The pHERD vectors have the features of the pUCP vector family, including the pBR322 origin, four different antibiotic resistance markers, the oriT region for conjugation-mediated plasmid transfer (23), ori1600, and the rep gene encoding the replication-controlling protein (24, 29). However, the main advantage for cloning into the pHERD vectors is low expression, which occurs from the PBAD promoter when it is not induced (Fig. (Fig.2).2). α complementation is inducible for blue-white screening, which facilitates the identification of recombinants on a 5-bromo-4-chloro-3-indolyl-β-d-galactopyranoside (X-Gal)-containing plate supplemented with arabinose (0.01%). The PBAD promoter responds in a dose-dependent manner (Fig. (Fig.2).2). Two sequencing and PCR primers were designed that anneal to regions on both sides of the multiple cloning site, pHERD-SF 78 bp upstream of the EcoRI site and pHERD-SR 49 bp downstream of the HindIII site. If a gene is cloned in frame into the EcoRI site, a fusion protein with an additional seven NH2-terminal amino acids (MGSDKNS) derived from thioredoxin of pBAD-TOPO/Thio will result. Thioredoxin acts as a translation leader to facilitate high-level expression and, in some cases, increase solubility in E. coli (9). These amino acids at the N terminus of the target protein may also serve as an epitope tag for protein analysis. pHERD vectors can be readily transferred from E. coli into Pseudomonas species and other bacteria via triparental conjugation (7) or by electroporation. It has been shown that the progenitor plasmid pRO1614 could replicate in a series of bacterial species, including P. aeruginosa, P. putida, P. fluorescens, Klebsiella pneumoniae (19), and Burkholderia spp. (5, 26). Therefore, the pHERD vectors are most likely functional in these bacteria. Another feature of the PBAD promoter is catabolite repression of expression in the presence of glucose in the growth medium, which reduces intracellular cyclic AMP concentrations in E. coli cells, preventing the transcriptional activation of many genes by the cyclic AMP-binding protein (8).

FIG. 2.
Arabinose-regulated lacZα expression in B. pseudomallei. RNA was extracted from log-phase B. pseudomallei Bp50 cells harboring pHERD30T that either had no arabinose added (None) or were induced for 2 h by the addition of the indicated amounts ...

Validation of pHERD20T in P. aeruginosa by modulating alginate production.

We have observed that pHERD vectors can be used for the high-fidelity cloning and conditional expression of PBAD transcription in the absence of l-arabinose (10). Initial attempts to clone the open reading frame of P. aeruginosa alternative sigma factor algU into pUCP20T were not successful. All of the algU alleles cloned were not functional, and sequence analysis showed that only mutant algU alleles were cloned into pUCP20T. This was consistent with the previous observations that algU/T cannot be cloned into the common expression vectors (16, 21). However, the algU gene was readily cloned into pHERD20T. Upon the expression of algU from PBAD on pHERD20T, we observed dose-dependent alginate production or mucoidy in P. aeruginosa strain PAO1 in response to arabinose in the growth medium (Fig. (Fig.33).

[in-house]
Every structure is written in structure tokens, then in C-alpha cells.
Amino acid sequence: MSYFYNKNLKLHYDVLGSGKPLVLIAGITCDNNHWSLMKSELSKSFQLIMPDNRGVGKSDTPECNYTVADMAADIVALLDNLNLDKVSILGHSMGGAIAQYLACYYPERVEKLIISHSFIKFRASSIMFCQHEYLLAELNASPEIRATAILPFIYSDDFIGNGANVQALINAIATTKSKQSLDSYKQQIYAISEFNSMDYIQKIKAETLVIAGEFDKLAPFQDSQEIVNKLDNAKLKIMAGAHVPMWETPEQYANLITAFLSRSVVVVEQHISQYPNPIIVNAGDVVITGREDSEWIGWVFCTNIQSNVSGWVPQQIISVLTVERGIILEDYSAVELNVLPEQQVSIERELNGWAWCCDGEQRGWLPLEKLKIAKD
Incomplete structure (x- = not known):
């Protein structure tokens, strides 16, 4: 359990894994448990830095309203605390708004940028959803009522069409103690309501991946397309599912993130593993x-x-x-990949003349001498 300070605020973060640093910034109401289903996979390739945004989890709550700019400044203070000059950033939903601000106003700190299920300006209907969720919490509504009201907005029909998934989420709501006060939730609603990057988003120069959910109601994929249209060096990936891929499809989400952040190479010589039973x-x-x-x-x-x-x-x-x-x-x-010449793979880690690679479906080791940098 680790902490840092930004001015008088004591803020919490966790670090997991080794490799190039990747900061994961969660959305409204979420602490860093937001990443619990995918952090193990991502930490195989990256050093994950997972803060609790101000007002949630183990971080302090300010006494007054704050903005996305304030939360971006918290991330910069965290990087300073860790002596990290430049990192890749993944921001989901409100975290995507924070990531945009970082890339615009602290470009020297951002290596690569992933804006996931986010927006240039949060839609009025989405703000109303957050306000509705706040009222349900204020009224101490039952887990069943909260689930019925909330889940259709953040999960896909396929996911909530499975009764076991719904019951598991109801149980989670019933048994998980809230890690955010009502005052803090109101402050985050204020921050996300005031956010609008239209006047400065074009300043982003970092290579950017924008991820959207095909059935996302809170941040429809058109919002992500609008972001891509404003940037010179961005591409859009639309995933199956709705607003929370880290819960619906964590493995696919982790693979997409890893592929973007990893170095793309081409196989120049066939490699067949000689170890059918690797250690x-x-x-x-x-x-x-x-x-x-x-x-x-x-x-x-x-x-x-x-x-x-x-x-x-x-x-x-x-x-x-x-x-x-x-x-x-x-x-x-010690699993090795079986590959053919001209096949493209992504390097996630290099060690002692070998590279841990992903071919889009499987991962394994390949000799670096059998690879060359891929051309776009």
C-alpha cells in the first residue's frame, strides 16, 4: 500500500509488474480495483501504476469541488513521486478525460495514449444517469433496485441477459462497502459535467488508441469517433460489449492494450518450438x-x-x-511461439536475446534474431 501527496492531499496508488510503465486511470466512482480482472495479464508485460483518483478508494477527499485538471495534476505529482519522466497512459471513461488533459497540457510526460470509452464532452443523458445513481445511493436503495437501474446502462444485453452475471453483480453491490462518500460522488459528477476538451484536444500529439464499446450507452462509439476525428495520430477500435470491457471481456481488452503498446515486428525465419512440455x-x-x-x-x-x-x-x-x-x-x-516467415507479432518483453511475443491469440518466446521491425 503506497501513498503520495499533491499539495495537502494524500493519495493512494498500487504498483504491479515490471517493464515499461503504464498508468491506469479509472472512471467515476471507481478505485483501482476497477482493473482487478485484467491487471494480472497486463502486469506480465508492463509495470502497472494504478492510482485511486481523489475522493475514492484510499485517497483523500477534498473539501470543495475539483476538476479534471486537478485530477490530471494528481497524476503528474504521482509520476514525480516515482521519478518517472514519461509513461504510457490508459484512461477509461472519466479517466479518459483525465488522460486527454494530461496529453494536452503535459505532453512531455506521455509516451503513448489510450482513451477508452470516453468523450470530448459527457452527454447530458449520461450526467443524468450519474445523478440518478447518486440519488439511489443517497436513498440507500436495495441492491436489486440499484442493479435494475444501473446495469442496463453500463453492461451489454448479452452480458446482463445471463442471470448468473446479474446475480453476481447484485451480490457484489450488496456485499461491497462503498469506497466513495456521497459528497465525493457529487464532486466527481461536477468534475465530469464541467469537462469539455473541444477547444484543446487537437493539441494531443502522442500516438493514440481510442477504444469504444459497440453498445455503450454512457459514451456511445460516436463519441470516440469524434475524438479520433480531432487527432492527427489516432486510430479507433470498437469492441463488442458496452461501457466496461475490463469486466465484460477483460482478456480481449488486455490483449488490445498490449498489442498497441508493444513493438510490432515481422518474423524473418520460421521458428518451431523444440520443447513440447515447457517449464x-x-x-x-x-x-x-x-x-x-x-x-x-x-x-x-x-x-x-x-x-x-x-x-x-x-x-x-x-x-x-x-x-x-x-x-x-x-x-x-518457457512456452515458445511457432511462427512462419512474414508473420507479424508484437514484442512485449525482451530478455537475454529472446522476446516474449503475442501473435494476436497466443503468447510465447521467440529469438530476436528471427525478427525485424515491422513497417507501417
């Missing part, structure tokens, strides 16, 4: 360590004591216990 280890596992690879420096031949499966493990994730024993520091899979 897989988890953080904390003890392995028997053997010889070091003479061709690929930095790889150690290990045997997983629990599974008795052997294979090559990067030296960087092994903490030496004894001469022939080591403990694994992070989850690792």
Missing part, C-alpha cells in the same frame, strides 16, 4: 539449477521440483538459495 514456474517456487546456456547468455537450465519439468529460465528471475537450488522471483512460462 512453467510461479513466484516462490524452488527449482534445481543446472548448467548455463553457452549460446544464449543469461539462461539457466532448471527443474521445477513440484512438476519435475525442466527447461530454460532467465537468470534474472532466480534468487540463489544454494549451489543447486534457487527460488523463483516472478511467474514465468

FIG. 3.
Arabinose-dependent induction of alginate production in P. aeruginosa PAO1 carrying pHERD20T-algU. PAO1 with pHERD20T-algU was grown at 37°C for 24 h on Pseudomonas isolation agar and LB plates supplemented with carbenicillin and 0, 0.1, and 1.0% ...

Overexpression of the small peptide encoded by mucE activates AlgW, inducing alginate production (Fig. (Fig.4)4) in P. aeruginosa PAO1 and PA14 (20). Overexpression of mucE caused mucoidy in P. aeruginosa PAO1 and P. fluorescens Pf-5 (Table (Table2).2). The C-terminal WVF signal encoded by mucE is required for the activation of AlgW. The outer membrane protein OprF does not activate alginate production (Fig. (Fig.4);4); however, addition of the MucE WVF signal motif to the C terminus of OprF did cause alginate production (Table (Table2).2). Some genes are not highly expressed, and therefore expression in trans for complementation needs to be conditional. Expression of algW from PBAD can complement an algW mutant back to alginate production due to titratable expression (Table (Table2).2). In addition to PAO1, we have used the pHERD vectors in PA14, CF149, environmental P. fluorescens isolates, and P. putida (data not shown). We have successfully employed pHERD30T for complementation of the Δ(amrAB-oprA) efflux pump mutation in Burkholderia pseudomallei strain Bp50 (5). In this case, however, complementation was also observed in uninduced cells, presumably because of basal transcription from the PBAD promoter, which could not be overcome by growing cells in the presence of 0.2% glucose and was not dependent on the growth medium used for the MIC assays (LB versus Mueller-Hinton broth) (data not shown).